• Ooo, now she wants to investigate the mystery of the Woman in White. But while keeping her sister and her stepfather in the dark. So is her appearance and manly behavior/bearing (in Walter's opinion) Wilkie's way of keeping her purely awesome self from taking over the whole book and/or becoming an obvious love interest? If you changed her appearance a tad, she could totally be a Heyer heroine.
VII. In which Walter meets his new employer.
• Walter is so concerned with masculinity and femininity, and what are acceptable/attractive qualities in either sex! On his new employer: "Upon the whole, he had a frail, languidly-fretful, over-refined look—something singularly and unpleasantly delicate in its association with a man, and, at the same time, something which could by no possibility have looked natural and appropriate if it had been transferred to the personal appearance of a woman."
• Huh. "So glad to possess you at Limmeridge, Mr. Hartright..." Have you run across 'possess' used like that before? I haven't, so it seems strange and... kind of creepy to me. But maybe it's just an older usage.
• Mr. Fairlie is worse than Sarah. Yeesh. He'd be a good match for Mrs. Bennet (if he could cross decades and authors), but then again, her squawking would probably make his ears bleed. Or make him think his ears were going to bleed.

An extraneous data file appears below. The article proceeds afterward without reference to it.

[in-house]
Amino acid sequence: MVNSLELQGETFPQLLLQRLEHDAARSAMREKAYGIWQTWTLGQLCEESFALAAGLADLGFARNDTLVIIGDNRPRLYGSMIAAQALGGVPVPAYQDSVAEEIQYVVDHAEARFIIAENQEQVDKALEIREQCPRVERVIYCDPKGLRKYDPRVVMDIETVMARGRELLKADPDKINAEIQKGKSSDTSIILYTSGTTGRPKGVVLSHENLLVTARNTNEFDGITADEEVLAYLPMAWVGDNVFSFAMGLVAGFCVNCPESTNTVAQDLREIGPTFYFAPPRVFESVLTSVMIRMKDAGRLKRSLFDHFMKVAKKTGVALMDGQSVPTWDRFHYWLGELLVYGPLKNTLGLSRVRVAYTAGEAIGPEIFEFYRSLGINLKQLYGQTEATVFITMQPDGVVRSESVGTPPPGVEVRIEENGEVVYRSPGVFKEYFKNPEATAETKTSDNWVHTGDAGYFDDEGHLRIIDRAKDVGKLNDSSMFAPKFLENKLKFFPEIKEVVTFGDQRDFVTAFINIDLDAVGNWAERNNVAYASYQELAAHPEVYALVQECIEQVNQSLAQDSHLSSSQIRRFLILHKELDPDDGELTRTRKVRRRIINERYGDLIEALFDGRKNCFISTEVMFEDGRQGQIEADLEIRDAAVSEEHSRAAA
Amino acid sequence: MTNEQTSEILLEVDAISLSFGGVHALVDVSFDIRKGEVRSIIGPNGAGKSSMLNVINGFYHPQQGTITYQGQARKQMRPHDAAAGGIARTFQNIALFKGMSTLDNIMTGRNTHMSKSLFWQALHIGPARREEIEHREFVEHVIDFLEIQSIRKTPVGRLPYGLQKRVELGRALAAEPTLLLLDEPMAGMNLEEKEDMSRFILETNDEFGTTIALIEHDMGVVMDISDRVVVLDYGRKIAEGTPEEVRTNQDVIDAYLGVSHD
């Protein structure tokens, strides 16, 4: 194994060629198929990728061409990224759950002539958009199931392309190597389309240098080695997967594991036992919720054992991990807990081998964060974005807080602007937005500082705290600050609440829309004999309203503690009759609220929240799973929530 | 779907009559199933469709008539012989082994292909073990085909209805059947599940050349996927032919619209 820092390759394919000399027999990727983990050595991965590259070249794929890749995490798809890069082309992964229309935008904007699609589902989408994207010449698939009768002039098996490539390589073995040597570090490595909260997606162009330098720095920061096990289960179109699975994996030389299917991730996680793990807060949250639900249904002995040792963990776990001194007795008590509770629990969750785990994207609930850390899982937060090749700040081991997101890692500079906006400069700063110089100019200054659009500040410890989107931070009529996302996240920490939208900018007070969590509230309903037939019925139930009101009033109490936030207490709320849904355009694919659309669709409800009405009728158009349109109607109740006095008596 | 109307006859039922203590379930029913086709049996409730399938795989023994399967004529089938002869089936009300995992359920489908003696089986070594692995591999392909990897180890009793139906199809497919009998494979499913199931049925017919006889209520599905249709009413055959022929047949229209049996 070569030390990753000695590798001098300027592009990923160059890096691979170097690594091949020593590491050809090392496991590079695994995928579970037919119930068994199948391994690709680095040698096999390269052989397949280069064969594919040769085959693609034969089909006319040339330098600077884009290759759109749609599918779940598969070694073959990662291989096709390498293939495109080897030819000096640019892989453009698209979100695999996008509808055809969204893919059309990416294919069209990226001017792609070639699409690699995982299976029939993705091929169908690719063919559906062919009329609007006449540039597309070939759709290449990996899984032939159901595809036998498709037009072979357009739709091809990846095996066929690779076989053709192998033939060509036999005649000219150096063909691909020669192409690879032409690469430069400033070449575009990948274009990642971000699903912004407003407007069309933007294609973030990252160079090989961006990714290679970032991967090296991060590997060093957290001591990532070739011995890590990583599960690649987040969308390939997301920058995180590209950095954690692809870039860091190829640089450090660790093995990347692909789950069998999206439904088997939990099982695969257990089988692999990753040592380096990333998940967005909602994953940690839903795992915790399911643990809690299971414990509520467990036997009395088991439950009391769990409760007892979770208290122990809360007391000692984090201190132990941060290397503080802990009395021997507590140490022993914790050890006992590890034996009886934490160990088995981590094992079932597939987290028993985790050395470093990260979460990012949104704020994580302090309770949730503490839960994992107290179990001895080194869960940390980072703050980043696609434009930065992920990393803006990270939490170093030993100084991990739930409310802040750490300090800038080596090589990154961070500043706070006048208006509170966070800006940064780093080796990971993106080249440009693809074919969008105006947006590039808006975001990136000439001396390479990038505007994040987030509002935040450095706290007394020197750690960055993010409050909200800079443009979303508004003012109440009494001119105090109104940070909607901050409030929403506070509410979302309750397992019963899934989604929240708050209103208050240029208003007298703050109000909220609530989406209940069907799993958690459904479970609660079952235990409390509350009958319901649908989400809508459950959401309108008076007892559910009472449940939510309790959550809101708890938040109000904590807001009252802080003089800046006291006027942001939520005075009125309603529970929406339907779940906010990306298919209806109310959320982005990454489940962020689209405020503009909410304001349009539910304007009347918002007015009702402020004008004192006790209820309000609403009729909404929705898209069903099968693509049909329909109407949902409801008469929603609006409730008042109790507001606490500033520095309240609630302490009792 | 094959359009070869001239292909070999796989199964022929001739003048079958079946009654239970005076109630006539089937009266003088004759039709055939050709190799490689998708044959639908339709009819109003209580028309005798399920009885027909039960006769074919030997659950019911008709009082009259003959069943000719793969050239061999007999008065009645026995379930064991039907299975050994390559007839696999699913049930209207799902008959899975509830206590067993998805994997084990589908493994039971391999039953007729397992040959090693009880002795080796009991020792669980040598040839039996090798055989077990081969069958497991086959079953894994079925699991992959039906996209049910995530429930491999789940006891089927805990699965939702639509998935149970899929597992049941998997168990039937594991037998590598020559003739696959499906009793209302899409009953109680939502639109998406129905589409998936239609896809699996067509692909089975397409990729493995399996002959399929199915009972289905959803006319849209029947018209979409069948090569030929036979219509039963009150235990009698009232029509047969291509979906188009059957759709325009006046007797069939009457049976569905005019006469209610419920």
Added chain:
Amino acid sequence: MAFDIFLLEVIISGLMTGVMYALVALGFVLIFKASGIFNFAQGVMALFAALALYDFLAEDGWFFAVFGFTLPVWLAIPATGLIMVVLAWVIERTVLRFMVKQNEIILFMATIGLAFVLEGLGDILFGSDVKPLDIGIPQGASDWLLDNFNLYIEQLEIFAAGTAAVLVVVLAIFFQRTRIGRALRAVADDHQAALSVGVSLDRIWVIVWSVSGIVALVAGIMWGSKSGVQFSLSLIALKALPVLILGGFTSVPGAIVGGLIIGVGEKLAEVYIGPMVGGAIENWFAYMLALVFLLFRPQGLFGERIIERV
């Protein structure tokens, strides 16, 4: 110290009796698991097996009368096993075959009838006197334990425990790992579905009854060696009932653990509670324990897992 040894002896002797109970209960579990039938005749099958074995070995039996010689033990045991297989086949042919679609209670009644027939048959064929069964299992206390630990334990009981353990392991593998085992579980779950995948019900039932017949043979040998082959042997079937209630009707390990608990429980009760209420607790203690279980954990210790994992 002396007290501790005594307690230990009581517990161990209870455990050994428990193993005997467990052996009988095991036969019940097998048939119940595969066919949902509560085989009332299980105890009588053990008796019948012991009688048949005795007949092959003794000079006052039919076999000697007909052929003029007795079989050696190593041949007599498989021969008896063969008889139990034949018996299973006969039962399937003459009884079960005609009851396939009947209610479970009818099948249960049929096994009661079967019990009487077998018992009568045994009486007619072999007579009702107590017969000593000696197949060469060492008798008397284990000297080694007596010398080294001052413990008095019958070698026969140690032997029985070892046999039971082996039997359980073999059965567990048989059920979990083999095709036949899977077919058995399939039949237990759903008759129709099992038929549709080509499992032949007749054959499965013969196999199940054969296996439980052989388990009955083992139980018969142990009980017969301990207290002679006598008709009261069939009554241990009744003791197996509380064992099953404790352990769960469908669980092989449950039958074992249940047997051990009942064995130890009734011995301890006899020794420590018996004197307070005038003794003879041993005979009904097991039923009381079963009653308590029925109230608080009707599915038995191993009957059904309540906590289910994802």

• Wow. Walter's really letting his snark flag fly in his narration of this scene: "As a practical commentary on the liberal social theory which he had just favoured me by illustrating, Mr. Fairlie's cool request rather amused me." Later, Mr. Fairlie continues to exhibit his awesomely liberal social beliefs with this comment: "...servants are such asses, are they not?"
• Aha ha ha ha! I had to read this bit out loud to Josh because it made me laugh so much:
"A thousand pardons, Mr. Hartright, I'm afraid I bore you."
As he wearily closed his eyes again, before I could answer, and as he did most assuredly bore me, I sat silent, and looked up at the Madonna and Child by Raphael.
Walter Hartright, keep it up! I love your bitchy side.
• Man, Louis had better earn a decent wage. It's been, like, two pages and I'm ready to bonk Mr. Fairlie upside the head with one of his portfolios.
VIII. In which Walter turns into a huge sap, and he and Marion make progress in their investigation.
• Due to quotes like this, I'm starting to fall in love with Walter: "Some of us rush through life, and some of us saunter through life. Mrs. Vesey SAT through life." And "...it will always remain my private persuasion that Nature was absorbed in making cabbages when Mrs. Vesey was born."
• I just knew Laura would be a knockout. And that Walter would fall for her.
• OH MY GOD, ALREADY. I GET IT. SHE'S THE AWESOMEST.
• Huh. "Mingling with the vivid impression produced by the charm of her fair face and head, her sweet expression, and her winning simplicity of manner, was another impression, which, in a shadowy way, suggested to me the idea of something wanting." Like, something is missing...?
I find it interesting that in the letter, it was Laura who said she'd wear white forever, but Walter and Marion immediately seemed to attribute that to the Woman in White -- and all that while Laura was gliding back and forth in her white dress.Or did I read that bit incorrectly? [Why, yes, Leila, yes you did. Just re-read that bit. I did totally read that wrong last night. It was Anne who said it. Sorry.] Also, are we going to have a love triangle on our hands?
• AHA! I thought we might have a secret twin/doppleganger situation...
Elizabeth at The Leaky Dinghy
Bellezza at Dolce Bellezza
Sarah at what we have here is a failure to communicate
Gina at the Dickensblog (not posting, but lots of discussing!)
Jes at Yellow Inkling
Anastasia at the Birdbrain(ed) Book Blog